• Use welding definitions and symbols.
  • Cut material using the oxy-fuel pipe cutting device.
  • Cut materials using plasma cutting Maintain pipe systems and pipe components.
  • Produce a welded pipe fabrication assembly using butt and socket fittings.
  • Perform piping offset calculations.

    Conclusion: The above outcomes are mostly replicated word-wide (in part or as a whole).

    3.6 Learning delivery:

    The learning delivery process in all the examples included on-the-job (practical) and off-the-job (theoretical) components and predominantly using an apprenticeship format (Traditional or in the "Modern Apprenticeship format).

    3.7 Outcomes-Based Methodology:

    All the examples found either directly or indirectly comply with principles of outcomes-based learning, particularly in terms of outcomes representing meaningful units of learning and assessment being conducted continuously (formatively). There is generally a final integrated summative assessment, typically called a certificate of qualification (trade test), where the candidate is required to demonstrate specific and core (cross-field) knowledge and skills.

    3.8 Apprenticeships and VET programmes:

    In all the examples found, learning is vocational-based. In some countries (England, Scotland, New Zealand and Australia) these are called "modern apprenticeships". These take the form of two categories, namely a programme-led apprenticeship where learners are able to follow a vocational programme at a college and then seek employment as trainees/apprentice/interns in order to qualify as artisans; and an employer-led apprenticeship, in which learners are engaged in a formal contract of learning and most learning is workplace-based. In most cases learners "earn while they learn".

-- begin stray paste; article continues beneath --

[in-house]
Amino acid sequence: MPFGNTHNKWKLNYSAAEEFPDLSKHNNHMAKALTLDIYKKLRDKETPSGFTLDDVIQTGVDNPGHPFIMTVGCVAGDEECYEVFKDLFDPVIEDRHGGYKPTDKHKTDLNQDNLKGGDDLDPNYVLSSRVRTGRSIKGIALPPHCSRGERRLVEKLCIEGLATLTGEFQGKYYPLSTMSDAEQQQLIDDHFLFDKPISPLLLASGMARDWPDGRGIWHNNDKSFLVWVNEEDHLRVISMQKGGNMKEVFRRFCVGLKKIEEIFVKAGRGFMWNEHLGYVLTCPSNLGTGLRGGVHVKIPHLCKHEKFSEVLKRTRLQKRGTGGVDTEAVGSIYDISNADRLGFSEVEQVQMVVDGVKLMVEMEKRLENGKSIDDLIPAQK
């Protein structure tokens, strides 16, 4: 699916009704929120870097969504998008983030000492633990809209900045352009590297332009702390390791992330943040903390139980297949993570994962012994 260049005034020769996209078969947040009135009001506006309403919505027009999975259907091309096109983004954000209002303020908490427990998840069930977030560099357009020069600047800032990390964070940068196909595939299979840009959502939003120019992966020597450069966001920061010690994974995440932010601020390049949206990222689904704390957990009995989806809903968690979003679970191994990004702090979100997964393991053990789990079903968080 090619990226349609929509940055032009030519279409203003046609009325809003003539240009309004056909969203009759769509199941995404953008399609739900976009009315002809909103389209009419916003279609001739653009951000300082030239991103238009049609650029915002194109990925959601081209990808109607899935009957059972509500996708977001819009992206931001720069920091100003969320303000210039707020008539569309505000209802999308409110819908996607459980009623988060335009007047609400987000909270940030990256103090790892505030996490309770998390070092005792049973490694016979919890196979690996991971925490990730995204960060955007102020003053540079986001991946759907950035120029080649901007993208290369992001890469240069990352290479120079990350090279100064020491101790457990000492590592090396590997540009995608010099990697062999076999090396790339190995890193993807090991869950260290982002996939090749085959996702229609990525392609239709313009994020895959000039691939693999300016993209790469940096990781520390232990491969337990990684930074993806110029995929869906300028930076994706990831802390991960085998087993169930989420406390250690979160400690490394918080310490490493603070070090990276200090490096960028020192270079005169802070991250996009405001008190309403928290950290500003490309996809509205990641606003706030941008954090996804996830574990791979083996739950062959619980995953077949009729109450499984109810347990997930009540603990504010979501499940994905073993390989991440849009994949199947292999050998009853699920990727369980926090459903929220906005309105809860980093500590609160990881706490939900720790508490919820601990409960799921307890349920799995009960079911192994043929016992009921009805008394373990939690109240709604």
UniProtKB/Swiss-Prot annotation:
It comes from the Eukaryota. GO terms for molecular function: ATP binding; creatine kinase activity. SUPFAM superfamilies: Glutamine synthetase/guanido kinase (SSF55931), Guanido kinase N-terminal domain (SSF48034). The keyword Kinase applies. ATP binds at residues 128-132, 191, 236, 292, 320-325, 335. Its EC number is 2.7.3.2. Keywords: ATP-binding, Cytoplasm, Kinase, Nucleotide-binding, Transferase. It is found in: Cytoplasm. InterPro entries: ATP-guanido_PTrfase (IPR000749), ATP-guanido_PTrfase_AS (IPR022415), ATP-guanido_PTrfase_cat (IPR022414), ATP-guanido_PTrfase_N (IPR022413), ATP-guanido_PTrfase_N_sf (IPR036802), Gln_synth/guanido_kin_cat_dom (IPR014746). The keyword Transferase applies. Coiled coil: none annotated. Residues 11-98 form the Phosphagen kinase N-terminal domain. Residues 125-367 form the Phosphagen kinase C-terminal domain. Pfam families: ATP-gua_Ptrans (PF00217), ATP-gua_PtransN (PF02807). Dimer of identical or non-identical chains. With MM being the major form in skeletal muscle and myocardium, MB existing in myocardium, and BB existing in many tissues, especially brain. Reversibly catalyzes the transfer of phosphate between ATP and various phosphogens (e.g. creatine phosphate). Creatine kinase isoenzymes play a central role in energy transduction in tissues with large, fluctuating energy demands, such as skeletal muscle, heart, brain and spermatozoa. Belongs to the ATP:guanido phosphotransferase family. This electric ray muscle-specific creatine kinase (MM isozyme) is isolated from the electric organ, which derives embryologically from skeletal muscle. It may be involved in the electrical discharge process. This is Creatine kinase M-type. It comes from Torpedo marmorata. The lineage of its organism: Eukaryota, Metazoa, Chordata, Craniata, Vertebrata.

3.9 Application (Purpose):

    As is the intention with the South African qualifications, the international qualifications all prepare learners for pipe fitting across a wide variety of industry sectors.

    4. Concluding remarks:

    The Level 3 certificate developed for South Africa compares favourably with the international qualifications mentioned above, with its closest relationship being with the American version (The Construction Education Foundation of North Texas).

    5. Reference documents:

    5.1 Availability of skilled labour in selected occupations in Western Australia (Shah. Cooney, Long and Burke: 2005).
    5.2 National Guidelines on Cross-Sectoral Qualification Linkages (Australian Qualifications Framework (AQF) Implementation Handbook: 2002).
    5.3 Policy Watch-Apprenticeship framework: A Change in Design (Sian Owen: 2005; Authorised by Steve Besley-UK).
    5.4 Training in Engineering Construction Skills-Employers Guide (TECSkills and the ECITB-UK: 2007).
    5.5 Modern Apprenticeships-The Way to Work (Cassels Report: 2001)-UK.
    5.6 Role of Apprenticeship in VET System: The Case of Botswana (Ahmad:2003) at Conference on the Reform of Technical and Vocational Education and Training (TVET) Gaborone, Botswana.
    5.7 Challenges facing VET transformation in the SADC region (Akoojee and McGrath: 2003 HSRC - Pretoria) at Conference on the Reform of Technical and Vocational Education and Training (TVET) Gaborone, Botswana.